MICHELLE OBAMA SPEAKS TO ABC'S ROBIN ROBERTS


Michelle Obama And Robin Roberts



Former First Lady Michelle Obama spoke out exclusively to GMA co-anchor Robin Roberts on the historic midterms and whether Hillary Clinton should run in 2020. Obama says, "I think at this point everybody is qualified and everybody should run."


The live interview aired this morning on "Good Morning America."


Michelle Obama speaks out on historic midterms and whether Hillary Clinton should run in 2020.

Former first lady Michelle Obama, in an exclusive interview with "Good Morning America" anchor Robin Roberts, said the results of the midterm elections were inspiring and addressed whether Hillary Clinton should run for office again.


"I think that this election gives us hope," Obama told Roberts Tuesday in a live interview in her hometown of Chicago. "I’m not talking about what it means for one side or the other. What it means is the democracy is still ours to control."


"Thank God people saw that voting matters," she said.


Obama spoke to Roberts in Chicago on the day her memoir, "Becoming," was released. "Becoming" is an in-depth, personal look at Obama's life before, during and after her family's eight years in the White House.


The former first lady has consistently said she is not interested and has no plans to run for public office. When asked what potential candidates she is watching for the 2020 presidential election, including Hillary Clinton, Obama joked that maybe she could tap her teenage daughter Sasha to run.


"I think at this point everybody is qualified and everybody should run," she said.


When asked if her joke was targeted at President Donald Trump, Obama clarified her response, adding, "Anybody who feels the passion to get in this race, we need them in there."


"I hope we have a lot of great candidates who get in there and treat each other respectfully," she said. "That’s the thing I’m going to be looking for personally."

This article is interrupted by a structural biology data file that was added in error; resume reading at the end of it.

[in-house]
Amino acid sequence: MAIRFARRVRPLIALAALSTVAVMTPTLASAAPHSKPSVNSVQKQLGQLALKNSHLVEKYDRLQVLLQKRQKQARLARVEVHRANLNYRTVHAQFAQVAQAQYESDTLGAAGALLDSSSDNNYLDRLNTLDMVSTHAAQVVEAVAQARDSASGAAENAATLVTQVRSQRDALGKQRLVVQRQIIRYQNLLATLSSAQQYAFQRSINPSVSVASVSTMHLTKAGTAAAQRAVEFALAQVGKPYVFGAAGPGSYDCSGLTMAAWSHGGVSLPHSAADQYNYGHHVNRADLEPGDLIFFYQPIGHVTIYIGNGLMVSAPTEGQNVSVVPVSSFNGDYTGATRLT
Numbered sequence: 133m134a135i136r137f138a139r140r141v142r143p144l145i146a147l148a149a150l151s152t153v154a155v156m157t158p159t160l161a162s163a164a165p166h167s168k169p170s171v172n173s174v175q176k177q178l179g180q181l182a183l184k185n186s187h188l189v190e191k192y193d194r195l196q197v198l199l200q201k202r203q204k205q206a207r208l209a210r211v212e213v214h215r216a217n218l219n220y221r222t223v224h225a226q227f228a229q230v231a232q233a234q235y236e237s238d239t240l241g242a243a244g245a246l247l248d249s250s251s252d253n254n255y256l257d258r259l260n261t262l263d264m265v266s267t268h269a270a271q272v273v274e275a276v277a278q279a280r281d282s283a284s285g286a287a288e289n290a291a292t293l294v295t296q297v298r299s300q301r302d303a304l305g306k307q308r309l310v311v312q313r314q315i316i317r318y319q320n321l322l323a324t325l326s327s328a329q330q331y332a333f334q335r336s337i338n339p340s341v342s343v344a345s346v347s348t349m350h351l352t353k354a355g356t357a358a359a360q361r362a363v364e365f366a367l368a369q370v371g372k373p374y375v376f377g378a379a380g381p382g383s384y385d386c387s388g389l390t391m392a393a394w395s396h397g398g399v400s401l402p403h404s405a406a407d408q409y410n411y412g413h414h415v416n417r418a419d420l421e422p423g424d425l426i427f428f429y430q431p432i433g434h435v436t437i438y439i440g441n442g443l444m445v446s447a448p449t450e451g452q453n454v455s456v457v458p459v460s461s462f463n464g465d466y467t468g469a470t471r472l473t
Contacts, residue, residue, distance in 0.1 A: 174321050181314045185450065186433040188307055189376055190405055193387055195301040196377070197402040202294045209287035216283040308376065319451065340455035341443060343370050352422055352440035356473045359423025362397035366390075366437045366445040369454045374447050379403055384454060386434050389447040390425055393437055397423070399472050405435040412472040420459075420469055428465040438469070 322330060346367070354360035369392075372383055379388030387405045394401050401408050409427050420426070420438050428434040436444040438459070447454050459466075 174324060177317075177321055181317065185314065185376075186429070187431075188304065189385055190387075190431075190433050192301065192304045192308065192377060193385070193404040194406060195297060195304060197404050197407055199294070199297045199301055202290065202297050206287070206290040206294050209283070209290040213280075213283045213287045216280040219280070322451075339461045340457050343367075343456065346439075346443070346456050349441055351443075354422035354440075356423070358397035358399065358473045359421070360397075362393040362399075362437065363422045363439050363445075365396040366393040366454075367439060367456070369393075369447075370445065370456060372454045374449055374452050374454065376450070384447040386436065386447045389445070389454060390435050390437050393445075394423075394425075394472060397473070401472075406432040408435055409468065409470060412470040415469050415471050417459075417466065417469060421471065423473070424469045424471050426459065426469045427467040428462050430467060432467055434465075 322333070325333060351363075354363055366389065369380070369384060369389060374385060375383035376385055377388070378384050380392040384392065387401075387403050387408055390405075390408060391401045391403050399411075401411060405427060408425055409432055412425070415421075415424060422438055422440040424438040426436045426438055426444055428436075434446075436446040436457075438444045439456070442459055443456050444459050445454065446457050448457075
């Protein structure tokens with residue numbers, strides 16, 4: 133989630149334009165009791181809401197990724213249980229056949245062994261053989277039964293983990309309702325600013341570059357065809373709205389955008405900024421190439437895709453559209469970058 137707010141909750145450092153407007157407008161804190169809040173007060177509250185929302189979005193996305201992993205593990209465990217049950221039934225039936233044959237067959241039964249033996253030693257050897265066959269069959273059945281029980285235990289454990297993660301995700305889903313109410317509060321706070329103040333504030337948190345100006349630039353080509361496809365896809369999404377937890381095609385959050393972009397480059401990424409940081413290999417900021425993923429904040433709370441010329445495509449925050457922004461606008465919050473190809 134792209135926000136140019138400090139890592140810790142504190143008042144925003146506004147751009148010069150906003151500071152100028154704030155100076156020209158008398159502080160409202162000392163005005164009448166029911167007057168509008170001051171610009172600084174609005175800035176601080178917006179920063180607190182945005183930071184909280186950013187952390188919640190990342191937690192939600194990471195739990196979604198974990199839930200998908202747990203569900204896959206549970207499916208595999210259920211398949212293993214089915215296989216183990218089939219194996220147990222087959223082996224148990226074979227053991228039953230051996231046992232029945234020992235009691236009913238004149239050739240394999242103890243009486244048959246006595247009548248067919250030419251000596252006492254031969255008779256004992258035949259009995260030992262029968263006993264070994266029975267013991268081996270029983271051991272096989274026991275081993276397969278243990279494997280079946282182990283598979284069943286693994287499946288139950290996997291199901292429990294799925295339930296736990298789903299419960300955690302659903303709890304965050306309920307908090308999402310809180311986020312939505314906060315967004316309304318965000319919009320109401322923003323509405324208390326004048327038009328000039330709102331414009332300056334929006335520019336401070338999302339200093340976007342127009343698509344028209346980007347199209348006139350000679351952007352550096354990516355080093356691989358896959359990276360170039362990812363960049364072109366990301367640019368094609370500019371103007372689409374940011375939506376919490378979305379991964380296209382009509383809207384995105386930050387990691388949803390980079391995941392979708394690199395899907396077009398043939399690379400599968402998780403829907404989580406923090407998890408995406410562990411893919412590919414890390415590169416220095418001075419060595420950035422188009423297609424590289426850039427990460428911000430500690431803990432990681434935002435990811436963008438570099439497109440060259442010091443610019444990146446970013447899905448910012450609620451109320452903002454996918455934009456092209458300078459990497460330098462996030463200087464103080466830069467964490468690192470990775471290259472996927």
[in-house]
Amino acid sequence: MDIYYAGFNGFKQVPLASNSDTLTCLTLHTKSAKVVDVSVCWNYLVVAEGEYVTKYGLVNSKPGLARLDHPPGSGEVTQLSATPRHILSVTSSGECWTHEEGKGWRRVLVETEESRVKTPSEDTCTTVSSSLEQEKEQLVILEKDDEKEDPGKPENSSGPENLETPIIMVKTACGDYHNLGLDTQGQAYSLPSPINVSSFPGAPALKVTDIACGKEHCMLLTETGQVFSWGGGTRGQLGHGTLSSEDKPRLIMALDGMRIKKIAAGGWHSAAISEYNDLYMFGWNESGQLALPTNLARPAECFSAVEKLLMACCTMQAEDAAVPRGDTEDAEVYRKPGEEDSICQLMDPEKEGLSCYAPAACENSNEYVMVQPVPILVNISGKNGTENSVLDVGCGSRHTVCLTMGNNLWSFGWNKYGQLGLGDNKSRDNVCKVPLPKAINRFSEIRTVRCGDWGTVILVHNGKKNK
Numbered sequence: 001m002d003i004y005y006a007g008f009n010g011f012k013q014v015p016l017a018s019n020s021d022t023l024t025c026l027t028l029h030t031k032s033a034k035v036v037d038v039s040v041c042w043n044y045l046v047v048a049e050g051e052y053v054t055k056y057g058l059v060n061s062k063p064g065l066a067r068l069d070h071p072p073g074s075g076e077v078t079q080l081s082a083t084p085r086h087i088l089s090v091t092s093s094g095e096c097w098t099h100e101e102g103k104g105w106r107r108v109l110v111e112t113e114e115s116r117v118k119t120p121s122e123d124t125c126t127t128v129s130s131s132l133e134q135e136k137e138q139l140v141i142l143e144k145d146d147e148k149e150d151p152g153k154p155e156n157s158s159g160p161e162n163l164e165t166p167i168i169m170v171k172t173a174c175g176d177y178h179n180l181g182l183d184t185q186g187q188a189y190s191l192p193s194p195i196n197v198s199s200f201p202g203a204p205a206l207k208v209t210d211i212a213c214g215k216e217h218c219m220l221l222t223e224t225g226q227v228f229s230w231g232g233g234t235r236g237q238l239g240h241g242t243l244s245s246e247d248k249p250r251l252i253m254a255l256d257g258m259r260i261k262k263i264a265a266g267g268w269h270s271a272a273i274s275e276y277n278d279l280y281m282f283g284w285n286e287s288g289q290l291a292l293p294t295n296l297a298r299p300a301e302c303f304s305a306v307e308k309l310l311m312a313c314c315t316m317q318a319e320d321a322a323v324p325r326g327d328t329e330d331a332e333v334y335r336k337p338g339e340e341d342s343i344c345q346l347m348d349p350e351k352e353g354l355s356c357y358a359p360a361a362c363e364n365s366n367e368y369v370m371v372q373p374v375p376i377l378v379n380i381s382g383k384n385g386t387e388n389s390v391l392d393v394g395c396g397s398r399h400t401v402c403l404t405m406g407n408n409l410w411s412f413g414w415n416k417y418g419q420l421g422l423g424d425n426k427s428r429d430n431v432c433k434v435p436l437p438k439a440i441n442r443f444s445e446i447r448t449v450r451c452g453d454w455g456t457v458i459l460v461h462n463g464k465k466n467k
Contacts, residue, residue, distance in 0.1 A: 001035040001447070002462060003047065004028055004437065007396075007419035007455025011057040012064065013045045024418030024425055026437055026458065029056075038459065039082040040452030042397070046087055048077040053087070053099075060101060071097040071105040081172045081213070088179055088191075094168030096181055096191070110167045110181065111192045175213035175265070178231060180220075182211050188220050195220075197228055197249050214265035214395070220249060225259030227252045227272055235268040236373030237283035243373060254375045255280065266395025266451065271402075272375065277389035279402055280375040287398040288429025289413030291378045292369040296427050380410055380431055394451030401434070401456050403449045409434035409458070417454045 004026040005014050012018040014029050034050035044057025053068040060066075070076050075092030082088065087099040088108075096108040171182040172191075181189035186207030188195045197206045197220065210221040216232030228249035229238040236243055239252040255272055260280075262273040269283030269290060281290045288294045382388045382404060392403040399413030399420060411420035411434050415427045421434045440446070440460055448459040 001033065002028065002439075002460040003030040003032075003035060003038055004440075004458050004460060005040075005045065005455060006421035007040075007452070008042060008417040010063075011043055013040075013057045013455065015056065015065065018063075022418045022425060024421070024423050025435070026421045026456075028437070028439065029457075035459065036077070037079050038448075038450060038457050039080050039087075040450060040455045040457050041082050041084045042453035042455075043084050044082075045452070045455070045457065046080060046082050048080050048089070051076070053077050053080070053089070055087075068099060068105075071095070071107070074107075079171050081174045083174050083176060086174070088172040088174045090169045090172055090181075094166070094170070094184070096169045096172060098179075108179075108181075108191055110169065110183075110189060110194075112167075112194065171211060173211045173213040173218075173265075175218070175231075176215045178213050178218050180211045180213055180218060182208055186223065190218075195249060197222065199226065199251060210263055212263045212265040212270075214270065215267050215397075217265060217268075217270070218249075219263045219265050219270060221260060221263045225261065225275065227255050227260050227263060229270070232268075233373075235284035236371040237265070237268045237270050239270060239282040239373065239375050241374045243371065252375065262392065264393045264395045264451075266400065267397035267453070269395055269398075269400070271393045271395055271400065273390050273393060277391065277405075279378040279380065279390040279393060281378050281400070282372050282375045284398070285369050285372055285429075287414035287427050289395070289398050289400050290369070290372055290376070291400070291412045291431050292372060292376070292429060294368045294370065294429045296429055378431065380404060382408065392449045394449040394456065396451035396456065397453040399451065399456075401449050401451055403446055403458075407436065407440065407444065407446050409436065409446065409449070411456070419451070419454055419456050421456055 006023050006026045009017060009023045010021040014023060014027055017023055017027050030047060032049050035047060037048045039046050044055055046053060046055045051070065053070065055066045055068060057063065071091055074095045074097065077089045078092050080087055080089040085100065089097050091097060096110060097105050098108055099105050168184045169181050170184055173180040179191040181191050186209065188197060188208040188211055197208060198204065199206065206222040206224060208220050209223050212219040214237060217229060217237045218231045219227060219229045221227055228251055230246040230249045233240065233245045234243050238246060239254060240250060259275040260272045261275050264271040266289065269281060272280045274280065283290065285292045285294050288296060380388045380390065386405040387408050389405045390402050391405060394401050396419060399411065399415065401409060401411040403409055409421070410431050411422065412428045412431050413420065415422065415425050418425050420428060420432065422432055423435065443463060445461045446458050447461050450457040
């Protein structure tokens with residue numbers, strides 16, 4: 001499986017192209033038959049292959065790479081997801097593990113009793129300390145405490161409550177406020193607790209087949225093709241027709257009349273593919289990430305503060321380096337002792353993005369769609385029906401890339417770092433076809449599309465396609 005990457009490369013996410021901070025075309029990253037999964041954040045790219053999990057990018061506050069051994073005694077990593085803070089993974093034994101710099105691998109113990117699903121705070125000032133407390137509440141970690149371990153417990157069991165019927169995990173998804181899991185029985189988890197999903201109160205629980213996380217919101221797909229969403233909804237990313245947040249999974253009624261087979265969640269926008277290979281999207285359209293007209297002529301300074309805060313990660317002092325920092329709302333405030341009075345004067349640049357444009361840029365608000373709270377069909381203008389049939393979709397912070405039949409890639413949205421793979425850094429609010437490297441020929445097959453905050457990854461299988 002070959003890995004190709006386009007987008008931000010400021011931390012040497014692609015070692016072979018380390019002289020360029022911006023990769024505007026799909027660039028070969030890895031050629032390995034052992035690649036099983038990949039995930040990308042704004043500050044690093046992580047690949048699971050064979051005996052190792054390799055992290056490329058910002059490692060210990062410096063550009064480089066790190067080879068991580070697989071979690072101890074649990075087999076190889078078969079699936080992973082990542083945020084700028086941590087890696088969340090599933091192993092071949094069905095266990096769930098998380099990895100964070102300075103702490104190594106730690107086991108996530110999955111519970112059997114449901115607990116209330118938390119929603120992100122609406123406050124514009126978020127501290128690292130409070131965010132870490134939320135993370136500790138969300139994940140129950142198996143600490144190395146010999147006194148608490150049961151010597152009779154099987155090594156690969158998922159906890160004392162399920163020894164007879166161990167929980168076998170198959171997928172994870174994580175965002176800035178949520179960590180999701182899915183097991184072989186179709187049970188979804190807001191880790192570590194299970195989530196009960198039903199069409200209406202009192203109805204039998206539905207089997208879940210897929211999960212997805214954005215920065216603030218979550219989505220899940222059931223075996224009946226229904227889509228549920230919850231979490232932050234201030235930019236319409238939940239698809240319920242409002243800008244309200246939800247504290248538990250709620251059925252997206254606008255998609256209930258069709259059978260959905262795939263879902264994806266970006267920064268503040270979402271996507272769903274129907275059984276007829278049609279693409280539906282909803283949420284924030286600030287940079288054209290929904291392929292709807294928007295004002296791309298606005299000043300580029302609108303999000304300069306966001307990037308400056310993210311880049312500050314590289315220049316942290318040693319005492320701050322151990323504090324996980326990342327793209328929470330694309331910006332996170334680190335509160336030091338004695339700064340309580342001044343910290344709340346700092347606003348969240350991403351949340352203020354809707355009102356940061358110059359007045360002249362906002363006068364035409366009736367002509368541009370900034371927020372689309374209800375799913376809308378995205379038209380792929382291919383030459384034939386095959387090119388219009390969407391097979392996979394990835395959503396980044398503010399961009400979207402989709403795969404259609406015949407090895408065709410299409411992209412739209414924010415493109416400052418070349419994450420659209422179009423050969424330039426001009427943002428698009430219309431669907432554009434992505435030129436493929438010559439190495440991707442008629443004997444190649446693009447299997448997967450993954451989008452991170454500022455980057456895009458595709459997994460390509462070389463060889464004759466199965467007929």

"I don’t want people on either party tearing each other up in the process of getting to the nomination," Obama added. "I’m going to be looking closely at who handles themselves and each other with dignity and respect so that by the time people get to the general people aren’t beat up and battered."


In her memoir, Obama writes about deeply personal issues, including her past fertility and marital struggles, her anger at President Donald Trump and the bigotry and hate she encountered on the campaign trail.


"Becoming" is expected to be a bestselling book. Oprah Winfrey announced on the eve of the book's release that she had selected it for her next book club.


Winfrey will interview Obama in Chicago Tuesday night -- the first stop on her high-profile book tour.


She'll be joined by Reese Witherspoon, Sarah Jessica Parker, Michele Norris and former White House aide Valerie Jarrett, among others, as she travels across the country to discuss her book.
Obama kicked off her book tour Monday by talking with students at her alma mater, Chicago's Whitney M. Young Magnet High School.


Courtesy Of ABC News / "Good Morning America."



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